The Gateway to the Earth initiative is trying to open natural science information to the world. What do we mean by this? Gateway to the Earth is a coherent set of interfaces that enables diverse users to find, get, and use natural science information in ways that are meaningful to them, not in ways that we as a federal institution say are meaningful. The point here is that the exploitation of these information assets will be doubled and redoubled if the users looking for this information find these data useful, rather than in prepackaged ways that we send the data out the door.

     The U.S. Geological Survey is organized according to programmatic divisions--a National Mapping Division, a Water Resources Division, a Biological Resources Division, and a Geologic Division. Figures 4.1 through 4.4 describe information assets in each of these program divisions.



Figure 4.1

   




Figure 4.2

   


     The Biological Resources Division is our most recent division. It was established when the National Biological Service was abolished. I think many of you in the audience may have heard about the National Biological Information Infrastructure and linkages to the universities through that initiative.



Figure 4.3

   


     Most of our seismic hazard work is done in the Geologic Division. I believe it was Michael Goodchild, of the University of Santa Barbara, who said that the U.S. Geological Survey does a very good job of integrating data horizontally, with wonderful national coverages, whether this involves geologic maps, surficial geology, soils, seismic hazards, or aquifer maps. The challenge to the institution now is to integrate these data vertically so that we can start superimposing water quality data on top of these framework data, and then superimposing exotic species data on top of that. The framework for a National Decision Support System needs to link earth and natural science information housed in a number of federal institutions with health and other environmental data. Can you imagine the power of a system in which you could start looking at cancer statistics superimposed on radon potential, derived from a bedrock geologic map?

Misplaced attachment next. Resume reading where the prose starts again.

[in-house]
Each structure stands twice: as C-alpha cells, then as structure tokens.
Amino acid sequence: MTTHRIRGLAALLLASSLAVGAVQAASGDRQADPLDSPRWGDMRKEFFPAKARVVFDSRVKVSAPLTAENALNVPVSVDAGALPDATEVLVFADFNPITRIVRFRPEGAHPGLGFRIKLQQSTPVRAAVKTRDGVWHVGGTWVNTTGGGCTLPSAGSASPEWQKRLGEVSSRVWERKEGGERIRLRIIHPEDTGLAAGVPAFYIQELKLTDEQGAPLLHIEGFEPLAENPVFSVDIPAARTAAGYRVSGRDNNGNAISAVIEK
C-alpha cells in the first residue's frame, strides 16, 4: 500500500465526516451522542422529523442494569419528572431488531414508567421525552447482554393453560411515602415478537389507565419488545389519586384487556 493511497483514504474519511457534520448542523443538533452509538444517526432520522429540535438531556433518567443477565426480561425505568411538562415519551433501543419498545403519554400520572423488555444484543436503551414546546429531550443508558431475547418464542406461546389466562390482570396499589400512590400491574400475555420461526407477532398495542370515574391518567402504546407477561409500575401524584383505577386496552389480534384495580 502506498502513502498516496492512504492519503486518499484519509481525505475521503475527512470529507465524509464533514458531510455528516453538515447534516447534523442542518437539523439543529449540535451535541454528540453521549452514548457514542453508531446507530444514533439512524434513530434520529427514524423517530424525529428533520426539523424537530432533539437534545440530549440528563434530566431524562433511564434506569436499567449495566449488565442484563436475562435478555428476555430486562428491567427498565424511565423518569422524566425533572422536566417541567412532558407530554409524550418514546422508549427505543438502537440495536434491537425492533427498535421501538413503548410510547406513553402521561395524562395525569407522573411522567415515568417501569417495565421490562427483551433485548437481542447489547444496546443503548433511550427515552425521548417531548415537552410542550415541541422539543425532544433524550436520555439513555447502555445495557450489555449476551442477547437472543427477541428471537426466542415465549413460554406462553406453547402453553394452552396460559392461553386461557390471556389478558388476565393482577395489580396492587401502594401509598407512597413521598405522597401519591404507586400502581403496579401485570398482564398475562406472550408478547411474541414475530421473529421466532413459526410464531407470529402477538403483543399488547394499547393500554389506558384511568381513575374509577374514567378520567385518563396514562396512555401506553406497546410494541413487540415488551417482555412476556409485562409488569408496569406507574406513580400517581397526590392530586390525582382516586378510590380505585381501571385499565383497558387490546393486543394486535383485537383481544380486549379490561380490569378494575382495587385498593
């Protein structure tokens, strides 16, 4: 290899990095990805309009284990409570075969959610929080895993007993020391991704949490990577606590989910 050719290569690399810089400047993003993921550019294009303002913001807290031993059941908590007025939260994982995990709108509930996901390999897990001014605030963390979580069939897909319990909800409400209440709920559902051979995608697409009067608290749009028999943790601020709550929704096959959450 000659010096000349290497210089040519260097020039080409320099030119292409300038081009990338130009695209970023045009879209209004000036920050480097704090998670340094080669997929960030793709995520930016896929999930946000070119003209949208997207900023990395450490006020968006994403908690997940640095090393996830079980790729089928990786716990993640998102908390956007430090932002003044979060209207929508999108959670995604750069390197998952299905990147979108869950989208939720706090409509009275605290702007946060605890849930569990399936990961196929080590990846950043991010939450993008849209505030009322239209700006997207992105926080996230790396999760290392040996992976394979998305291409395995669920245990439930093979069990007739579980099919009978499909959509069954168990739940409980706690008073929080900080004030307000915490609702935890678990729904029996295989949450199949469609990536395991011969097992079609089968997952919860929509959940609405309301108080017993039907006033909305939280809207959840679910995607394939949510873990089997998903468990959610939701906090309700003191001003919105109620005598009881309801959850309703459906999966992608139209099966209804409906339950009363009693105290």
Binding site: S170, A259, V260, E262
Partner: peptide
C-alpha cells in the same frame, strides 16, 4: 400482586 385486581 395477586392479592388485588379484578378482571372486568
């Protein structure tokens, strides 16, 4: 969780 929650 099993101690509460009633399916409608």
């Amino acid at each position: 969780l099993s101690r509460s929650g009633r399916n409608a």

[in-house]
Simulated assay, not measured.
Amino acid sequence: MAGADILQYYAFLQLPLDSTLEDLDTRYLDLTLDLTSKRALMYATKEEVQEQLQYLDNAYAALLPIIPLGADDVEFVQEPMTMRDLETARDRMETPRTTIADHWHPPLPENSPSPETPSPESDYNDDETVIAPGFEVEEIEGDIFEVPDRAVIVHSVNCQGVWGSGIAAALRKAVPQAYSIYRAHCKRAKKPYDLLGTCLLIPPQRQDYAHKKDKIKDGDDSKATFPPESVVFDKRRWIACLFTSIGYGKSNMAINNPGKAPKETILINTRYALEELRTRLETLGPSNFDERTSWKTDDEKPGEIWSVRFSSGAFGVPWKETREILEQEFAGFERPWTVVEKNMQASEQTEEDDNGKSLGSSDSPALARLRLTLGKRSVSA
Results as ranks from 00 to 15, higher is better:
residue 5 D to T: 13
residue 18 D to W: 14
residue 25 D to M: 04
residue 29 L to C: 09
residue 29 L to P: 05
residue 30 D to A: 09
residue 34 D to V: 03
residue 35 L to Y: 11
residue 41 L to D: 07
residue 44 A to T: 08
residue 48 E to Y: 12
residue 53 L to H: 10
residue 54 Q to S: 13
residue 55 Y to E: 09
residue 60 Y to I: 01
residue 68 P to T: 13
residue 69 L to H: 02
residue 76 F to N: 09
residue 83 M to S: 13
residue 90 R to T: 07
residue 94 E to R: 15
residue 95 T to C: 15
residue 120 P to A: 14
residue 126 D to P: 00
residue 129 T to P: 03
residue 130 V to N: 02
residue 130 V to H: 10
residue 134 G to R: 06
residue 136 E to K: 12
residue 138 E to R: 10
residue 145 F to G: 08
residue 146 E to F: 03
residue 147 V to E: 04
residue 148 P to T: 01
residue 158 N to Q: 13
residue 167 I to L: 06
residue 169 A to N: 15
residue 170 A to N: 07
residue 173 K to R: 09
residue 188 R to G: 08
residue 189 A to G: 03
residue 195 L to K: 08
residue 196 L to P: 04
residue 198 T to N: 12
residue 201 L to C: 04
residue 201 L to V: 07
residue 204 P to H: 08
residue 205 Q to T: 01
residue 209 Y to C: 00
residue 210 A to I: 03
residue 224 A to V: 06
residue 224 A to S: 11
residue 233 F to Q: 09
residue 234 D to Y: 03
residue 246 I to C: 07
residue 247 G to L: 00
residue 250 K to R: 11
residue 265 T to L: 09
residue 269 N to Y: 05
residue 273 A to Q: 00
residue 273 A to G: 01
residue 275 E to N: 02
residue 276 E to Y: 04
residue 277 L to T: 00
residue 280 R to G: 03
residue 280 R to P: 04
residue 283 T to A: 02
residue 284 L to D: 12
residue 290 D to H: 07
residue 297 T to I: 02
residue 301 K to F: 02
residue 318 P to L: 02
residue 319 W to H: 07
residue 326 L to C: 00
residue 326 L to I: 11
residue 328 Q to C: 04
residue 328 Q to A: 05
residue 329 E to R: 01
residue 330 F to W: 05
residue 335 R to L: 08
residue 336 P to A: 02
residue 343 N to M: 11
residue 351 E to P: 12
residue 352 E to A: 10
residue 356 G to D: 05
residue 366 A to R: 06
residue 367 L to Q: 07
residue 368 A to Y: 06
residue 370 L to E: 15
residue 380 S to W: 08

Figure 4.4

   


     For the Water Resources Division, I want to draw particular attention to the middle row on the left-hand side of Figure 4.4, our real-time, stream-flow data. I want to point this out because we have talked a little bit already about the power of the World Wide Web. This is a data set that goes back to about 1888 and includes approximately 7000 stream-flow stations around the country, many operated in partnership with the National Weather Service; and approximately 4500 are telemetered. The ground stations have sensors linked to satellites with down-links to our offices, so data that are 15 minutes old can now be disseminated over the Web.

     Traditionally, these data were published at the end of every year and shared with water resource managers at either the state or the county level; so for 100 years, these managers were the primary recipients of these data. As soon as we started delivering this information over the Web, an entire new clientele was built around this data set. For example, anglers and recreationalists are now making decisions on whether to go out onto the river on a particular day based on the stream flow that day.